Dositheus of Gaza (d. ca. 530) (aka Dosithy) was something of a pampered brat, went to Jerusalem on a whim, and was struck (figuratively) by an icon of the Last Judgment. “What must I do to avoid these torments?” he asked a nearby woman, who told him to fast, become a vegetarian, and pray continually. He looked again, and he was alone. “Whoa,” he said. “Time to join a monastery.”
So he did. He was made a disciple of Dorotheus, who saw (using the sixth-century equivalent of Myers-Briggs or the Enneagram) that he needed to be taken down a peg, and set out to teach him humility through obedience. One day, for instance, the monastery was given a fancy knife, and Dosithy said, “Look, master, this would be great for my work!” The elder man took it from him and said, “It is a good knife. I do not want you to ever touch it again.” And he didn’t, even to pass it to another monk. Dorotheus did a lot of this sort of thing, but we are assured he was not a control freak, just a good teacher of humility.
Dosithy had something of a quick temper and a foul mouth (unlike anybody whom anybody who knows me knows) but also a soft heart. When he sniped at one of the patients in the infirmary, Dorotheus later found him crying about it and told him, “Don’t you know when you mistreat one of the brothers, you are mistreating Christ?” Very comforting, I’m sure. But after Dosithy wept a bit more, he was told, “Get up now, God forgives you,” whereupon he was filled with joy.
After he had been at the monastery about five years, he contracted tuberculosis, and began coughing blood. Dorotheus was beside himself with anguish. Eventually it got so bad Dosithy asked the monastery’s Great Old Man ((St.) Barsanuphius) for permission to die, but he was told to wait, so he did. Not much later he asked again, and the G.O.M. consented, adding, “When you appear before the Holy Trinity, pray for us.” The other monks were incensed. “He doesn’t keep the fasts, he never stays awake through the midnight office (yada yada), and he’s going to pray for us before God?” (They clearly had been working on some virtue other than humility.) Not much later, though, a visitor had a vision of all the monastery’s saints in heaven, and among them was one who looked like a mere boy. When he awoke, he asked the abbot who that could be. “That would be Dositheus,” he was told, and the monks went away, um, enlightened.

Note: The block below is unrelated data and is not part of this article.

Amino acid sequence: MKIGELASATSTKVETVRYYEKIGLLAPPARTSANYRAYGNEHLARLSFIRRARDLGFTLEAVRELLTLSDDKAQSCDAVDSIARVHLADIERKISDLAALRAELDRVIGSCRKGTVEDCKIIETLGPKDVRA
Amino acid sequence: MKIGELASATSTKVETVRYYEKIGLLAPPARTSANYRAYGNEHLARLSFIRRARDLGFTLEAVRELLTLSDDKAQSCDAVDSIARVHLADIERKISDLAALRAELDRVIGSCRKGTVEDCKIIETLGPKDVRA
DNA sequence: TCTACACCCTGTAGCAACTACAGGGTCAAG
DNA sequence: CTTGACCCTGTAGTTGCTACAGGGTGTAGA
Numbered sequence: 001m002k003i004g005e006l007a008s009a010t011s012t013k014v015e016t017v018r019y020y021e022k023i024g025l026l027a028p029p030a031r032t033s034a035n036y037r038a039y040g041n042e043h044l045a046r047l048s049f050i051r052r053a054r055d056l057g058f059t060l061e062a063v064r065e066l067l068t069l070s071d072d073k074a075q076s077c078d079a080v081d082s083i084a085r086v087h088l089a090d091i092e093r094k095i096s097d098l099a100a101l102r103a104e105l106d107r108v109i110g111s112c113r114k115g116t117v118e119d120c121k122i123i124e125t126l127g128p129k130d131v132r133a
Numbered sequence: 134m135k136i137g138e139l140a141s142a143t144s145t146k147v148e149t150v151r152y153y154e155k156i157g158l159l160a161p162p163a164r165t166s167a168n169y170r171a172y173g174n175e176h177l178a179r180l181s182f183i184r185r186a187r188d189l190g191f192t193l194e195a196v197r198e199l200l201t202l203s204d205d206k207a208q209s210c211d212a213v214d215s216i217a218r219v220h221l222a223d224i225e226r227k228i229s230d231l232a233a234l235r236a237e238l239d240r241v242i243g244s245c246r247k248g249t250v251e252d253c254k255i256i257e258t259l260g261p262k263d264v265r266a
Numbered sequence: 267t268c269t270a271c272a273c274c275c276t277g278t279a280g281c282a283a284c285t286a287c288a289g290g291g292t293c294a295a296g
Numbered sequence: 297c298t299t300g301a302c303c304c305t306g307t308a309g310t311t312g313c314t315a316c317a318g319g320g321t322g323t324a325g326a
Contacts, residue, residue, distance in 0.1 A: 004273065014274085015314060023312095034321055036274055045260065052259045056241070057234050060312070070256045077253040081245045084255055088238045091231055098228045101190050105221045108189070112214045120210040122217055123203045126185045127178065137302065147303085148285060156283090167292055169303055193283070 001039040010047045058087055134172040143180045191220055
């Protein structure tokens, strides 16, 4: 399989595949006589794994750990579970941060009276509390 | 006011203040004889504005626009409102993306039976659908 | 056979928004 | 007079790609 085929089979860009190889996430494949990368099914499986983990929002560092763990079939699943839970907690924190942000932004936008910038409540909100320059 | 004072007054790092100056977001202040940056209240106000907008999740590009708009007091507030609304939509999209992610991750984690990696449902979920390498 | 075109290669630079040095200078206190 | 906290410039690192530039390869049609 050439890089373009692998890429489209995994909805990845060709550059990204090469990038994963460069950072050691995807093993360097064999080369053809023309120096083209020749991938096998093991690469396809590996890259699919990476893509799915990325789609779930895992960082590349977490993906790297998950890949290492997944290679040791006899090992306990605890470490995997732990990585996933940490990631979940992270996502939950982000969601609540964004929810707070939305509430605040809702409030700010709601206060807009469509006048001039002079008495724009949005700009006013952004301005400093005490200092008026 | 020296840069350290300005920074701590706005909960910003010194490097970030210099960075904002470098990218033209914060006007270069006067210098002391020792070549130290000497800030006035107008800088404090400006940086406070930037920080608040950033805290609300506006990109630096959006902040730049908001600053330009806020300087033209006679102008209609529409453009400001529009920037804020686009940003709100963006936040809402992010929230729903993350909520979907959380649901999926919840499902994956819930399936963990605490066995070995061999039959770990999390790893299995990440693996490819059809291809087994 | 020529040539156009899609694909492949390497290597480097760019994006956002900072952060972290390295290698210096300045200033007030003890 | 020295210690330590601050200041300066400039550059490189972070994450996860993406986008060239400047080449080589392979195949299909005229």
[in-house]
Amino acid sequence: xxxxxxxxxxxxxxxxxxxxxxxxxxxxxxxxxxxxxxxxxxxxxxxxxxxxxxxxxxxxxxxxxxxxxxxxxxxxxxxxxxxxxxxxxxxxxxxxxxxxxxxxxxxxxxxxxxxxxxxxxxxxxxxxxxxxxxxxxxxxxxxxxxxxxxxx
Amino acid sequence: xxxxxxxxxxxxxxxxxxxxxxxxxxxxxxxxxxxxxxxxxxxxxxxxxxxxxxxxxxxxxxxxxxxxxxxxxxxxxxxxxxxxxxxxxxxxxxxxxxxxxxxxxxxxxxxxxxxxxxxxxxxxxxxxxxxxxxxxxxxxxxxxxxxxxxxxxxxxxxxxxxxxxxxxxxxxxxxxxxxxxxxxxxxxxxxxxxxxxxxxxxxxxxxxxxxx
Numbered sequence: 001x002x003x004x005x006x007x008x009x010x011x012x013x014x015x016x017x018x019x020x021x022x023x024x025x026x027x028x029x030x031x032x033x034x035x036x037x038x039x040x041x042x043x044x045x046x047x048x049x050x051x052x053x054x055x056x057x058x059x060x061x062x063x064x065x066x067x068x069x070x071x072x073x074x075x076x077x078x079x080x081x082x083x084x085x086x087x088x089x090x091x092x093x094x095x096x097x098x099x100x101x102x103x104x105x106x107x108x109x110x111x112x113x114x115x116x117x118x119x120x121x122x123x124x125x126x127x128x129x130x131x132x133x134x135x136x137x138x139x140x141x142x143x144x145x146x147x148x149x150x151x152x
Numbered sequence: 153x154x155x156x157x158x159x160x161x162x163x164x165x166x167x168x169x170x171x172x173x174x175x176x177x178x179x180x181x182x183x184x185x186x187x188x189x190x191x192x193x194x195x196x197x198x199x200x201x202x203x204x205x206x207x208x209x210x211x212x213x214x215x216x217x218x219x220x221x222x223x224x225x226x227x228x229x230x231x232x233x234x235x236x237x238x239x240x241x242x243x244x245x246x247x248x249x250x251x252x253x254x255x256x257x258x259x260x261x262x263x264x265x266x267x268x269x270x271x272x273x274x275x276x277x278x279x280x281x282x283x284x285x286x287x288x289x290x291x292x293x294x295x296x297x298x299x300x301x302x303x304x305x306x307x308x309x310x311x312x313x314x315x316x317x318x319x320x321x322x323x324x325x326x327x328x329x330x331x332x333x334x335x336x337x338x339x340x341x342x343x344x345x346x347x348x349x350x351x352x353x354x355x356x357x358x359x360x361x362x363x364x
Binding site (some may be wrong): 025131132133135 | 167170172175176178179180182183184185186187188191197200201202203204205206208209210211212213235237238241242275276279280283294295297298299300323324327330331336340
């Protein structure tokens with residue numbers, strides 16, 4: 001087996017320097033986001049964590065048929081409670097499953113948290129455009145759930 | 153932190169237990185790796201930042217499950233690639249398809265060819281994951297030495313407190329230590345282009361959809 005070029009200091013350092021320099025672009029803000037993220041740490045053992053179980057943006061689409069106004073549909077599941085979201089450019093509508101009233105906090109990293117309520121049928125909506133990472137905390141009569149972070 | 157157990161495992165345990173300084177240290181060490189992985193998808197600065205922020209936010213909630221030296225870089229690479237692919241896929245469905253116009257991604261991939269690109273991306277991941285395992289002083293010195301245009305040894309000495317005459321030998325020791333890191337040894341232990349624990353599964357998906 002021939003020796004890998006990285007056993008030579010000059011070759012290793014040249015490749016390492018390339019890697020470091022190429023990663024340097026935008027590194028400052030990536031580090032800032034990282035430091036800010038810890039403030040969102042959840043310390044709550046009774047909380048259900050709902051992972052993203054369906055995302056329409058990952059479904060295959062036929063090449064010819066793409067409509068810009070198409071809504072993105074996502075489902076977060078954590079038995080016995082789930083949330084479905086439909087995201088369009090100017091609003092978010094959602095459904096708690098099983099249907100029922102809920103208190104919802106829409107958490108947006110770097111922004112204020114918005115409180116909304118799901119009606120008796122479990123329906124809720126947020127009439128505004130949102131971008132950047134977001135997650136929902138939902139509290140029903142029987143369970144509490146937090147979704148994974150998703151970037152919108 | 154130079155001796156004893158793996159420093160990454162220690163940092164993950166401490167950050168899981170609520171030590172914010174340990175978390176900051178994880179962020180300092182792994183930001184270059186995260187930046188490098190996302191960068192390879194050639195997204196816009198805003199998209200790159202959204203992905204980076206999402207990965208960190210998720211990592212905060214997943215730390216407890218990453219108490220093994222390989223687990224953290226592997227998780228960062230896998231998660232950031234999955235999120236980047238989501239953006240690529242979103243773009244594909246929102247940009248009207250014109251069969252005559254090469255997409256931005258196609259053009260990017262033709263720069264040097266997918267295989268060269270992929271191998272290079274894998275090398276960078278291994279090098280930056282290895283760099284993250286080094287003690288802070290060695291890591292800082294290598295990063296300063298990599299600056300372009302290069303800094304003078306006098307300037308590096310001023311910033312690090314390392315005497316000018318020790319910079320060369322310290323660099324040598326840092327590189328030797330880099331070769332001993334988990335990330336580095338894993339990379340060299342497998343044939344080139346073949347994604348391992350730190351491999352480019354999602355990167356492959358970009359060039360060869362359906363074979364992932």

Conrad of Piacenza (ca. 1290–1351) was born noble and (some time later) married to Euphrosyne, “a woman admirable in every respect” (golly). Conrad was out hunting with his buddies one day when their quarry went into some heavy bushes. He had them set fire to the brush, but the flames spread and destroyed some crops and maybe even a village or two (accounts vary). Conrad went into hiding, and a peasant was tortured into confessing the deed (showing just how useful torture is for ascertaining the truth) (oops I’m editorializing again). As the peasant was being led to the gallows, Conrad was smitten with remorse and confessed the deed (“Tear up the boards!”). He was made to pay damages, and it ruined him. He and Euphrosyne (is she admirable or what?) gave what little they had left to the poor, and went off to join separate monasteries. Sadly he was so holy that he started attracting a fan club (the miraculous healings probably didn’t hurt either), so he moved to Sicily, where he continued his healing work in the hospital when he wasn’t out hermiting in the woods. (Euphrosyne drops out of the picture, poor girl.) We’re not told what all else he healed, but his prayers are invoked against hernia.